2 Problems With Colgate-Palmolive's Stock Buyback

| About: Colgate-Palmolive Co. (CL)

Colgate-Palmolive's (NYSE:CL) stock buyback program is rather interesting because the company is one of two S&P 500 companies (the other being Exxon Mobil (NYSE:XOM)) that has bought back stock on the open market every single month since 2004. Unfortunately, the company's share buyback has only reduced the share count from 526 million shares outstanding in 2004 to 472 million shares outstanding at the end of 2012. The current share count is 89.7% of what it was in 2004. Of course, Colgate has grown earnings by a little over 10% in that time frame, so investors have done quite well despite the ineffectiveness of the buyback.

The company's approach to share buybacks is this: the company does not allocate a particular dollar amount to go towards the repurchase of shares, but rather, authorizes management to repurchase a certain number of shares over the lifetime of the program. For instance, Colgate-Palmolive currently has 40 million shares remaining to be bought back on its 50 million share authorization program that got announced here in September 2011 (most likely, it will be fewer than 40 million once the final 2012 numbers are out).

In 2011, Colgate-Palmolive bought back a total of just under 5 million shares at an average repurchase price of $89.87. While that price may seem attractive now given that the stock is currently trading at $107 per share, the average share purchase price of $89.97 in 2011 was not optimal given that the stock traded between $74.90 and $94.90 over the course of 2011. Given that the company's share buybacks came much closer to the 2011 price highs than the 2011 price lows, it raises questions about whether the company is maximizing shareholder value with the conduct of its share repurchase program.

This brings me to my two concerns about Colgate-Palmolive's current share buyback program. The first is that the current market price of Colgate-Palmolive is too high to qualify as "creating shareholder value", and the second is that the company points out that part of the share repurchase program is aimed at mopping up shares that get created to cover executive compensation. Here's what the company has to say:

"On September 8, 2011, the Company's Board of Directors authorized a new share repurchase program that replaced the Company's previous share repurchase program which had been approved in 2010. The 2011 Program authorizes the repurchase of up to 50 million shares of the Company's common stock. The Board also has authorized share repurchases on an on-going basis to fulfill certain requirements of the Company's compensation and benefit programs."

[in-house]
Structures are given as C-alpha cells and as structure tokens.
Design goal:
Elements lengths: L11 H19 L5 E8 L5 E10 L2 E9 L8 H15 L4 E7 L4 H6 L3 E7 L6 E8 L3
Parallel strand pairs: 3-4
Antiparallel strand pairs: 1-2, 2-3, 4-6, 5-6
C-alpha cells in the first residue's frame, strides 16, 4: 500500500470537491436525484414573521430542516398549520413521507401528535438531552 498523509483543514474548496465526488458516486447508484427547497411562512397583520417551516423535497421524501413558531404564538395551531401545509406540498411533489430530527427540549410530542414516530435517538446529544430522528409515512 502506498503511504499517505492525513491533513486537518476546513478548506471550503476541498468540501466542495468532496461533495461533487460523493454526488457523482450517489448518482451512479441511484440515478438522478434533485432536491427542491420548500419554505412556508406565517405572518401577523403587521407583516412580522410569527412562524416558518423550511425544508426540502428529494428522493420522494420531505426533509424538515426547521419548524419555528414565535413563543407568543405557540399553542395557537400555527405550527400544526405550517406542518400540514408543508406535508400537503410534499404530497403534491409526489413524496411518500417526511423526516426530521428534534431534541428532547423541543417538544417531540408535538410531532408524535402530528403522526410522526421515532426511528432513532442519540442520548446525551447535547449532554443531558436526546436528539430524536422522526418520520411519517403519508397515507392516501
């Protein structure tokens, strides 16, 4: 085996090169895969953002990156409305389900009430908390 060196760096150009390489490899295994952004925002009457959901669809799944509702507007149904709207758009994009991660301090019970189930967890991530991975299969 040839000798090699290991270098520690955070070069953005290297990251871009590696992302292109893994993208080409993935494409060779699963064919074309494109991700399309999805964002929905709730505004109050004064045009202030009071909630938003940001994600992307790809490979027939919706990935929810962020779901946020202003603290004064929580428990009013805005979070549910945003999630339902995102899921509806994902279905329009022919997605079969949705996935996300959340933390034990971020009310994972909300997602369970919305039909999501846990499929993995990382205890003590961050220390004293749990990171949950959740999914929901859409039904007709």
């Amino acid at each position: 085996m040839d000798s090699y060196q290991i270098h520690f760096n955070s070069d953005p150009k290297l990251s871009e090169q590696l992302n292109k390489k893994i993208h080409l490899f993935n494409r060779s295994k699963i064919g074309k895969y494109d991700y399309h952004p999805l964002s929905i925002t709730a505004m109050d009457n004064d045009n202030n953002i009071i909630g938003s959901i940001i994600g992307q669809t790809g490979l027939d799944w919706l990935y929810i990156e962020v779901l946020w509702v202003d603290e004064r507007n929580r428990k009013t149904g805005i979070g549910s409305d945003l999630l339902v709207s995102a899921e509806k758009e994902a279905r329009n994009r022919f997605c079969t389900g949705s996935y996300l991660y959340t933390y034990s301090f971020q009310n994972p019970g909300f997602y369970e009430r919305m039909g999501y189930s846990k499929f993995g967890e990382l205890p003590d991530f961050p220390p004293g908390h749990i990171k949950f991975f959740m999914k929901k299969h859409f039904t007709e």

My first concern is that the company mentions that the shares will be repurchased on an on-going basis. Given that the company has a track record of repurchasing shares in every month dating back to 2004, this is troublesome. While it's good that the company had the gumption to stick with its share repurchase program during the stock price lows of 2008 and early 2009, it is less welcoming news that the company is currently buying back shares when the stock market is valuing the firm at 21x earnings, a valuation (on a normalized earnings basis) that the company has not seen since 2004. If the company is paying more than the shares are worth to retire shares, then no value is created.

There is also the problem that the company has about 5.7 million shares that have been awarded in executive compensation since 2009. From an earnings per share standpoint, this has cost shareholders about a nickel per share. The company actually earned $4.98 per share in 2011, but because of vesting stock options and other perks of executive compensation, shareholders could only realize a benefit of $4.94 per share, adjusting for the share dilution.

While I commend Colgate-Palmolive for its tenacity in retiring shares throughout the financial crisis, there have been two problems that have limited the effectiveness of the company's share buyback program. The company buys back shares every month, which means that the company is possibly paying more than it should by paying 21x earnings to buy back shares at the current price of $107 per share. Additionally, the fact that management has diluted the fellow stockholders by creating 5.7 million shares since 2009 to compensate management has also weakened the effects of the company's stock buyback program. While the company has been relentless in buying back shares, the current market price of the buyback and dilutive executive compensation has greatly limited the benefits of the buyback realized by long-term shareholders. Fortunately for investors, the business has been growing at such a nice 10% annual clip that the ineffectiveness of the buyback program has not hindered the total returns achieved by long-term investors of this storied company.

Disclosure: I have no positions in any stocks mentioned, and no plans to initiate any positions within the next 72 hours. I wrote this article myself, and it expresses my own opinions. I am not receiving compensation for it (other than from Seeking Alpha). I have no business relationship with any company whose stock is mentioned in this article.